To solve these two conditions, the contribution of organic matter well mixed with the soil, both in the transplant and the annual contribution is advisable. On the one hand we will improve the hydration of the wet bulb and, on the other, we will improve the drainage.

As for the substrate, we can make a mixture of equal parts of universal substrate and coconut fiber . This universal substrate, which can also be substituted for peat, provides nutrients and good moisture conservation, while the coconut fiber improves oxygenation and gives it a very favorable spongy texture for the development of new roots.

SUBSCRIBER

The contribution of mineral fertilizers is recommended after the winter outing, in early spring. We can use liquid fertilizers or solid granulated fertilizers . An appropriate universal formula for Phoenix roebelenii is NPK 12-8-16 with magnesium and micronutrients. We will contribute around 30-50 grams per pot, repeating the operation every 30 days throughout the summer.

KEYS TO MULTIPLICATION

The easiest way to multiply our dwarf palm is through seeds . However, it is a slow process that will require patience and maintaining good humidity conditions throughout the germination period.

Germination time:  50 days.

It is advisable to germinate in pots during spring or early autumn, where we will control the temperature and keep it away from direct Sun. To prepare the substrate, the mixture of equal parts of universal peat + coconut fiber is ideal, since it reduces dependence on irrigation.

Ideal time for transplanting:  in early spring, directly in the garden, mixing the soil with organic matter (2 to 3 kg).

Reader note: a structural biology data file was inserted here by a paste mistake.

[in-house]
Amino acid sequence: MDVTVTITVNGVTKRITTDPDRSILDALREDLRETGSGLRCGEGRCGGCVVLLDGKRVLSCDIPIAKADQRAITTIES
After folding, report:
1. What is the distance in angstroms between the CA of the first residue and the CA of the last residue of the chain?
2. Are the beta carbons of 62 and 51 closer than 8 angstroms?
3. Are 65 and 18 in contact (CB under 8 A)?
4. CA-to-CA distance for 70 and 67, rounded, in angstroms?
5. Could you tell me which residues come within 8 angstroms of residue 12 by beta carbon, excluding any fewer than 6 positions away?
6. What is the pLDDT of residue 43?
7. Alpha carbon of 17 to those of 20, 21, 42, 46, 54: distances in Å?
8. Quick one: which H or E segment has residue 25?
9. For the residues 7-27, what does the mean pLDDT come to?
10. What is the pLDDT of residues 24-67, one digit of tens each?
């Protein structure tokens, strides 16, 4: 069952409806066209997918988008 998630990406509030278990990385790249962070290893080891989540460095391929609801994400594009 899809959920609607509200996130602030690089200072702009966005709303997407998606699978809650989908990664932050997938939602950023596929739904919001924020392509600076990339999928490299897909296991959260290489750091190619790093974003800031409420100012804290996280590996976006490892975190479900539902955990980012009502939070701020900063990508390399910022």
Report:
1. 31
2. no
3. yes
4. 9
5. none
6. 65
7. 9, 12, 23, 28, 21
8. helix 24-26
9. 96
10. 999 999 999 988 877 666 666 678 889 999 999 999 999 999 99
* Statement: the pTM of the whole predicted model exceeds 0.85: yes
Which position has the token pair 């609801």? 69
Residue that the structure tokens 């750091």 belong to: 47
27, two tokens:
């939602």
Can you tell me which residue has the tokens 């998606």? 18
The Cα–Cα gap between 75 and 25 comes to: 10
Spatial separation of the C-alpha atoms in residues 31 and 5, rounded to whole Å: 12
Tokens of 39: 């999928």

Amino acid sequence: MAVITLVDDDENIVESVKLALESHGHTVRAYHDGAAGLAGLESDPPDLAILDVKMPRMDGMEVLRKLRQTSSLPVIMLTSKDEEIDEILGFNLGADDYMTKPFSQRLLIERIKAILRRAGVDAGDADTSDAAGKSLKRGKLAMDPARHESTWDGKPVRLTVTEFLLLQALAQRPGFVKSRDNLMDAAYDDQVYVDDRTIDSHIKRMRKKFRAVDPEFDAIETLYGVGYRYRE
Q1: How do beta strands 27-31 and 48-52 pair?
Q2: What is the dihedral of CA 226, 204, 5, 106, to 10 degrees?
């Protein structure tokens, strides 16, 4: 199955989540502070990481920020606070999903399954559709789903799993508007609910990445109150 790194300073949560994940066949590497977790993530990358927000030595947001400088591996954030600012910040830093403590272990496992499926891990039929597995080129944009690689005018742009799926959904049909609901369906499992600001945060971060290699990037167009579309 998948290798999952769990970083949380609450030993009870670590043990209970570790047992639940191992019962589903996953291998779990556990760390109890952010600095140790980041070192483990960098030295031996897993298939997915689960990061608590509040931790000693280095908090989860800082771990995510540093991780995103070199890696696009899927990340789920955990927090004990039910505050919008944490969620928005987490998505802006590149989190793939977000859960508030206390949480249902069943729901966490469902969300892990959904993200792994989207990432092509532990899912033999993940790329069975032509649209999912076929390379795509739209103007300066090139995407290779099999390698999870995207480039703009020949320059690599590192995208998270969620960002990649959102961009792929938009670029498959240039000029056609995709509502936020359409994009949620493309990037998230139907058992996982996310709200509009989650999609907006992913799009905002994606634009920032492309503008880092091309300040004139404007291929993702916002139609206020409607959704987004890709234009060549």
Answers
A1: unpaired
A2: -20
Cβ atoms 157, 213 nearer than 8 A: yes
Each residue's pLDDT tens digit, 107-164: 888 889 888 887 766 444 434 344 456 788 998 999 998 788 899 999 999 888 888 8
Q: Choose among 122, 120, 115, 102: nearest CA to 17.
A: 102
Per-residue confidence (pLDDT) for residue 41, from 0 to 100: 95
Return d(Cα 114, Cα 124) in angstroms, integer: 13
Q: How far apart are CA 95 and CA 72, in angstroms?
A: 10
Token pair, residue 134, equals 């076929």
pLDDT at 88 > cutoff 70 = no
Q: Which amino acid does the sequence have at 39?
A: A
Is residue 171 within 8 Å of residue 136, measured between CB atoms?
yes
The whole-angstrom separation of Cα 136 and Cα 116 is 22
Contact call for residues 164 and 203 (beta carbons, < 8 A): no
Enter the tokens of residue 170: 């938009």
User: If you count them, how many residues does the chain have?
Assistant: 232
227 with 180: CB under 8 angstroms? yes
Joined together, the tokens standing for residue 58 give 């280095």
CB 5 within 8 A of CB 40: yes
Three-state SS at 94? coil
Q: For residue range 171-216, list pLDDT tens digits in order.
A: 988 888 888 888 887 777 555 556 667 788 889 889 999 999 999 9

PHOENIX ROEBELENII PESTS AND DISEASES

Palm trees are weather- and drought-resistant species, but there are some pests that tend to affect almost all species. We are talking about mealybugs, drills or donuts that usually settle on the head of the palm tree and feed on the suction of sap from the youngest leaves. Other pests also create galleries that end up drying entire leaves.

PRUNING AND MAINTENANCE OF THE DWARF PALM

Although it is common for palm trees to be pruned to clean the head and reduce the number of leaves that fall due to gravity, Phoenix roebelenii  does not need as many clipping. The usual thing is to remove the affected or drying leaves, which usually coincide with the oldest ones. For its elimination, we will simply make a cut from the base with a handsaw.

Welcome to The GardenPure! My name is Ryan Heagle, and I’m the founder of The GardenPure, I spent the first part of my adult life teaching and then living in Australia in various business ventures, the first of which was a business devoted to the sale of house plants.  I am now a full time blogger. I am a self taught gardener.

Ryan Heagle

Welcome to The GardenPure! My name is Ryan Heagle, and I’m the founder of The GardenPure, I spent the first part of my adult life teaching and then living in Australia in various business ventures, the first of which was a business devoted to the sale of house plants.  I am now a full time blogger. I am a self taught gardener.